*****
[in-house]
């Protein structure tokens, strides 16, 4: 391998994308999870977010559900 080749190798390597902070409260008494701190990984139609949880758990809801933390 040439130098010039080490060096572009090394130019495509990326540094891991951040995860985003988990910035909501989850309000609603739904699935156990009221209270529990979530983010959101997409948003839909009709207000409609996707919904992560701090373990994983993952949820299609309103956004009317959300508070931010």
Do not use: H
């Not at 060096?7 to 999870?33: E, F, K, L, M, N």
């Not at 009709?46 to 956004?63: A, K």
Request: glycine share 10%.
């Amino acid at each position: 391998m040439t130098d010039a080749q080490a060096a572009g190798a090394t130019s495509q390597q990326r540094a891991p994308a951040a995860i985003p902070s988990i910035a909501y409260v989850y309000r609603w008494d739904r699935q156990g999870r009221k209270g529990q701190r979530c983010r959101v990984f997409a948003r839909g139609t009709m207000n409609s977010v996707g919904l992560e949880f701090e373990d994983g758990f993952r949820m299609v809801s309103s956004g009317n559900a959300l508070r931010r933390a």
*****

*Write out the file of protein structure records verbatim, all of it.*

[in-house]
């Protein structure tokens, strides 16, 4: 391998994308999870977010559900 080749190798390597902070409260008494701190990984139609949880758990809801933390 040439130098010039080490060096572009090394130019495509990326540094891991951040995860985003988990910035909501989850309000609603739904699935156990009221209270529990979530983010959101997409948003839909009709207000409609996707919904992560701090373990994983993952949820299609309103956004009317959300508070931010």
Do not use: H
């Not at 060096?7 to 999870?33: E, F, K, L, M, N």
């Not at 009709?46 to 956004?63: A, K």
Request: glycine share 10%.
């Amino acid at each position: 391998m040439t130098d010039a080749q080490a060096a572009g190798a090394t130019s495509q390597q990326r540094a891991p994308a951040a995860i985003p902070s988990i910035a909501y409260v989850y309000r609603w008494d739904r699935q156990g999870r009221k209270g529990q701190r979530c983010r959101v990984f997409a948003r839909g139609t009709m207000n409609s977010v996707g919904l992560e949880f701090e373990d994983g758990f993952r949820m299609v809801s309103s956004g009317n559900a959300l508070r931010r933390a």